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Featured Question - September 8, 2003

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What do we do as a board once we have mastered the basics of Policy Governance?


Although it may be implied, it is certainly not clear how a board might go about improving its governance once it has implemented Policy Governance.  There are two areas to consider as a board approaches improving its governance.  The first is to compare what the board has said in its policies and what actually happens, and the second area is opportunities for improvement.

Most of the Policy Governance literature makes a strong case for board to conduct a self-evaluation on a regular basis.  That recommendation goes as far as providing feedback every meeting by creating something like a board-observer role.  This is an effective way to increase a board's awareness of when they are out of compliance with their own policies.  However, this doesn't address what the board wants to do about being out of compliance.  There are two choices.  The first is to redraft the policies so that they match what the board does.  The other is to change the board's behavior to match the policies.  For many compliance issues, the awareness of the behavior is enough.  However, for those behaviors that continue even after they have been pointed out usually have other factors that work together, making them difficult to change.  Having Policies and desiring to follow them isn't necessarily enough to create complete compliance.  To create the necessary changes boards will have to become more systemic in their analysis and solution development.  They will have to look for the causes to the resistance to change.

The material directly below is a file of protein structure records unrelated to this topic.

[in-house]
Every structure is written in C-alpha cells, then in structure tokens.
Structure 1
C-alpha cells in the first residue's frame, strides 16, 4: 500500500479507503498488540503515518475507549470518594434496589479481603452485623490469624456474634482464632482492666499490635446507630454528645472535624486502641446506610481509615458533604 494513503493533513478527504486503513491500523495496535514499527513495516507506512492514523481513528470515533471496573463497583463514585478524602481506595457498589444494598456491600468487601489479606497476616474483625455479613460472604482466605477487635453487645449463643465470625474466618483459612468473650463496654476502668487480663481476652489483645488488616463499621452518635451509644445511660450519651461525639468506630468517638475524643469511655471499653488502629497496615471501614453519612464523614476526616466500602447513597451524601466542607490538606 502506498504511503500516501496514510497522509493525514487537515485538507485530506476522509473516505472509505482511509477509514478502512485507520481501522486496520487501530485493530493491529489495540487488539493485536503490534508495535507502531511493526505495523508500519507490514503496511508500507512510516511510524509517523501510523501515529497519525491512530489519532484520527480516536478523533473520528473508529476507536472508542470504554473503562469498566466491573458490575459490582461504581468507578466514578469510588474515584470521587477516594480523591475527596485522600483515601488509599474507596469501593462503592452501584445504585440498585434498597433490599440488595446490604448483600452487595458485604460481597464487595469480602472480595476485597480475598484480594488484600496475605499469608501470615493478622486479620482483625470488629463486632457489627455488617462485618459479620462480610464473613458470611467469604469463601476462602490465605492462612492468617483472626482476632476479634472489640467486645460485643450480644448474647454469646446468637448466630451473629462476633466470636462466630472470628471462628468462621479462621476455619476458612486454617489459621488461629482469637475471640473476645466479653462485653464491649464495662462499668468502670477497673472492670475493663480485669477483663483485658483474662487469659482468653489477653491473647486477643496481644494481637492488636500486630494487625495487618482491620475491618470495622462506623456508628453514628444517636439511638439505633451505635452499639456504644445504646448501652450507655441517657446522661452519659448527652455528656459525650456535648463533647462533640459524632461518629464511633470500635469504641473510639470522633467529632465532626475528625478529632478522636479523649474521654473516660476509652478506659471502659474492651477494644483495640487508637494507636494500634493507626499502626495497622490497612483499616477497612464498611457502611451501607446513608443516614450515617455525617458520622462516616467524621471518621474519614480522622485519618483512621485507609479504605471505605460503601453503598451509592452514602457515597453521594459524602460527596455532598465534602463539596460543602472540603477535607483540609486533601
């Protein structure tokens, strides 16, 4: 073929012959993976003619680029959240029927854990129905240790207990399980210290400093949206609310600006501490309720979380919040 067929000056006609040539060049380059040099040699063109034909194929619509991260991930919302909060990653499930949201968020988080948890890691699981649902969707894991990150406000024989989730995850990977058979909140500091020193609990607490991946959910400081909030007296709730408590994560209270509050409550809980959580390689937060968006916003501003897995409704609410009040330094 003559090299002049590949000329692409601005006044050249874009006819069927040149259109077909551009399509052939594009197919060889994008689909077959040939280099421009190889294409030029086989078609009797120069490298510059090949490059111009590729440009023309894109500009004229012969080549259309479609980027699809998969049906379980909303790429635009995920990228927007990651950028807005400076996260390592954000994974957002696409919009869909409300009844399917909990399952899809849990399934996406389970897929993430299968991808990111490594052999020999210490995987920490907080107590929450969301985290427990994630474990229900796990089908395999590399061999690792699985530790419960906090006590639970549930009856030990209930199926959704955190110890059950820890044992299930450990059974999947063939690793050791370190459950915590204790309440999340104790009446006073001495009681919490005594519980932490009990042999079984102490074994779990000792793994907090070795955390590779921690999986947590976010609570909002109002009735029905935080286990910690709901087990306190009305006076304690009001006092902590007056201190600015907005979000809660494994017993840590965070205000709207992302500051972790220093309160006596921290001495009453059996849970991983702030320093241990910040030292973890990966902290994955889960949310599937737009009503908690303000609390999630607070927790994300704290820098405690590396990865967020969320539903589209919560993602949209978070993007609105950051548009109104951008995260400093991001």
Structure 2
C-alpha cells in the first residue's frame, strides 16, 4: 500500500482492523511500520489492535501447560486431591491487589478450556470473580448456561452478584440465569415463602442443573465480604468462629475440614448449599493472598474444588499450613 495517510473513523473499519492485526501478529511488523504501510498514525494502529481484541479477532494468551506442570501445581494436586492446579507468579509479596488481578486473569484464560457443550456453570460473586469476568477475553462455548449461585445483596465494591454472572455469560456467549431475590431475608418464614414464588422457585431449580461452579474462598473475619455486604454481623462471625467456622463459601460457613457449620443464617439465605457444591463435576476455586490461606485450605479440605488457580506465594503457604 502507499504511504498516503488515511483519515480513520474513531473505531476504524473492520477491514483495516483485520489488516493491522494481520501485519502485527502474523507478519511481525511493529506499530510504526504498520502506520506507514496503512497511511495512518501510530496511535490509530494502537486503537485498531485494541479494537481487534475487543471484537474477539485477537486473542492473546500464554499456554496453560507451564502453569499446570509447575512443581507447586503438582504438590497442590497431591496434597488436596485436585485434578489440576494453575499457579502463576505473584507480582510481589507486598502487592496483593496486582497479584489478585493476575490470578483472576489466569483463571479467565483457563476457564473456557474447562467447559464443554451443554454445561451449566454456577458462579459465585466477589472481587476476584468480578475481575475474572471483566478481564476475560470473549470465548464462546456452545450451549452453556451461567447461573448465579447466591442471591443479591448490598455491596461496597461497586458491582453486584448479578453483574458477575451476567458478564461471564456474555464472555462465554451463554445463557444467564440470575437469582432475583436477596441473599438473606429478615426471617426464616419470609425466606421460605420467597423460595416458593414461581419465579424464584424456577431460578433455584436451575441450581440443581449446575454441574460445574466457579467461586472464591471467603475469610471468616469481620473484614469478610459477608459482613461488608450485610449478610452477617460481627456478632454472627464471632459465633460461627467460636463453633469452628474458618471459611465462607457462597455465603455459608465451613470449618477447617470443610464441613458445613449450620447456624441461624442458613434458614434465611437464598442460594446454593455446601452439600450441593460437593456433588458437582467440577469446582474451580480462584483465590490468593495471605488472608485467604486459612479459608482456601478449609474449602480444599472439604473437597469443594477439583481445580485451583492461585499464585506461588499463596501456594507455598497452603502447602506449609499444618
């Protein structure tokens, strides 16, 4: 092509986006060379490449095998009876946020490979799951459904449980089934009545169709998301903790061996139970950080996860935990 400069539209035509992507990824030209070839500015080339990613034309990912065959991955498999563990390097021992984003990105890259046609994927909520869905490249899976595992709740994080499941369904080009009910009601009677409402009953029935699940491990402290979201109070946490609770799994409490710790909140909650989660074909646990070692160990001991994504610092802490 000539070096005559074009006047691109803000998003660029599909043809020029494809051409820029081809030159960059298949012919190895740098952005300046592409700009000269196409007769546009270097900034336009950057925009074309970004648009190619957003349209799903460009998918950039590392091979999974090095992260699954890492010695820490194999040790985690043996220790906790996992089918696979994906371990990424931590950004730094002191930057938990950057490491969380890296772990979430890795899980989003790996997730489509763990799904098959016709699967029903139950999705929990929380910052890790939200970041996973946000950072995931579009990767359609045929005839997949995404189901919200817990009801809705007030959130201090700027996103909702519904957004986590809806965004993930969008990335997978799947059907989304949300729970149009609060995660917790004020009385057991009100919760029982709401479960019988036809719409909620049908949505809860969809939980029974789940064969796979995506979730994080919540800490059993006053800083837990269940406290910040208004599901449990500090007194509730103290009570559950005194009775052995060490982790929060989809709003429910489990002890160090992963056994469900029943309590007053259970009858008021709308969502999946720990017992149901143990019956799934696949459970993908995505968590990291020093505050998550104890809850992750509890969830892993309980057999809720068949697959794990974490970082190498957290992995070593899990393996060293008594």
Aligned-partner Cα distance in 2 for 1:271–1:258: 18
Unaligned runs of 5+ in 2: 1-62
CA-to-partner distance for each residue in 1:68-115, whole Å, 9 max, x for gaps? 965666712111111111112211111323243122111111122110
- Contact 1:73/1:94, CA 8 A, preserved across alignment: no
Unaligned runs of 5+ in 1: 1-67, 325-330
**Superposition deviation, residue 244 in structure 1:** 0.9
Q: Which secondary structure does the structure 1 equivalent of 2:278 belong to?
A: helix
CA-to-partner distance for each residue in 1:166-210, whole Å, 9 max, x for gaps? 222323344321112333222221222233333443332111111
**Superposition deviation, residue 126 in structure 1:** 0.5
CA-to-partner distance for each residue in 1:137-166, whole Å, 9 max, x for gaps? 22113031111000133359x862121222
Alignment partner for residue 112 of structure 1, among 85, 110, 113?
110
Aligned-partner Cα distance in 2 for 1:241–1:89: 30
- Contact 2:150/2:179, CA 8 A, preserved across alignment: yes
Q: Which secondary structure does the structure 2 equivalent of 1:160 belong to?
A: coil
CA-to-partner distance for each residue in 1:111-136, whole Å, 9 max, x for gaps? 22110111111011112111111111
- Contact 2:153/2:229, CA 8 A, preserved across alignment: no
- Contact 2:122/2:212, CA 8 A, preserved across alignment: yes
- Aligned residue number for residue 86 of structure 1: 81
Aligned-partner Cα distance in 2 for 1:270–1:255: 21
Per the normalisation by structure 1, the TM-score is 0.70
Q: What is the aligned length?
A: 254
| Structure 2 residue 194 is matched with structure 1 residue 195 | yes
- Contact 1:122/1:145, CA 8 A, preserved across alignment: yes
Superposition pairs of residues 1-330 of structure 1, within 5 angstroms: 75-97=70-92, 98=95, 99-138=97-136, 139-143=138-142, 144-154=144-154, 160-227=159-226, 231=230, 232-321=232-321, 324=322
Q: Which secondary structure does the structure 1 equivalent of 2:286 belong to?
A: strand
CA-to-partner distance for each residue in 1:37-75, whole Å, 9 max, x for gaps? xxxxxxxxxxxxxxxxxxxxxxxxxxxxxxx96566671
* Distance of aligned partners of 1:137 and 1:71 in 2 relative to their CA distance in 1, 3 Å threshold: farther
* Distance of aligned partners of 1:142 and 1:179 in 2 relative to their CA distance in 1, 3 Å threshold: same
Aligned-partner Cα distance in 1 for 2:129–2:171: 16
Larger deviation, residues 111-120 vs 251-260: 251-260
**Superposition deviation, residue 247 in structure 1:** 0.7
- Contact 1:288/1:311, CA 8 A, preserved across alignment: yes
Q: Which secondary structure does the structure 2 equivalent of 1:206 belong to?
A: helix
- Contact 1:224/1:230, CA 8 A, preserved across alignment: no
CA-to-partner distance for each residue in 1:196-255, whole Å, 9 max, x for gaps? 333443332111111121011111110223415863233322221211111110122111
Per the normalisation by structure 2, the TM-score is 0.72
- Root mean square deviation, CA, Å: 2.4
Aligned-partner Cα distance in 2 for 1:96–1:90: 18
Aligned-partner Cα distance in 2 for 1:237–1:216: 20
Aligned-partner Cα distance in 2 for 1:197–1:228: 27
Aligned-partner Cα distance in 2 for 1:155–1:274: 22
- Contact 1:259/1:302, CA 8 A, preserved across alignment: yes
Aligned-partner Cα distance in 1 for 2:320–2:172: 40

Policy Governance does a good job of providing a rationale for a board to hold itself accountable to its own policies, but says little about more general improvement.  Some of this is attributable to Policy Governance itself.  The delegation process of Policy Governance leaves what is unspoken in governance to the board chair.  If a board has not spoken to more general improvement efforts in governance, it is left to the discretion of the chair.  The other piece is that Policy Governance tends to be non-prescriptive.  It leaves the choice of pursuing general improvement efforts up to a board's discretion based on that board' values.  This leaves two opportunities to move it that direction, but it takes a decision to do so because general improvement  is not inherently part of Policy Governance.  In fairness, it is not part of pragmatic governance either, and probably even less likely to be so.  To move ahead with improvement, a board or a chair will have to be intentional about the effort. 

Some suggestions, taken from the Policy Governance Board Excellence Assessment Manual and the Assessment Board Guide, for areas to seek improvement are:

  • Relationship to Owners
  • Ends Development and Review
  • Board Planning and Self-Management
  • Executive Relationship
  • Board Level Relationships

Further assessment of a board's approach in each of these areas should provide a list of opportunities for improvement, which a board can use to continue it's growth in governance excellence. 

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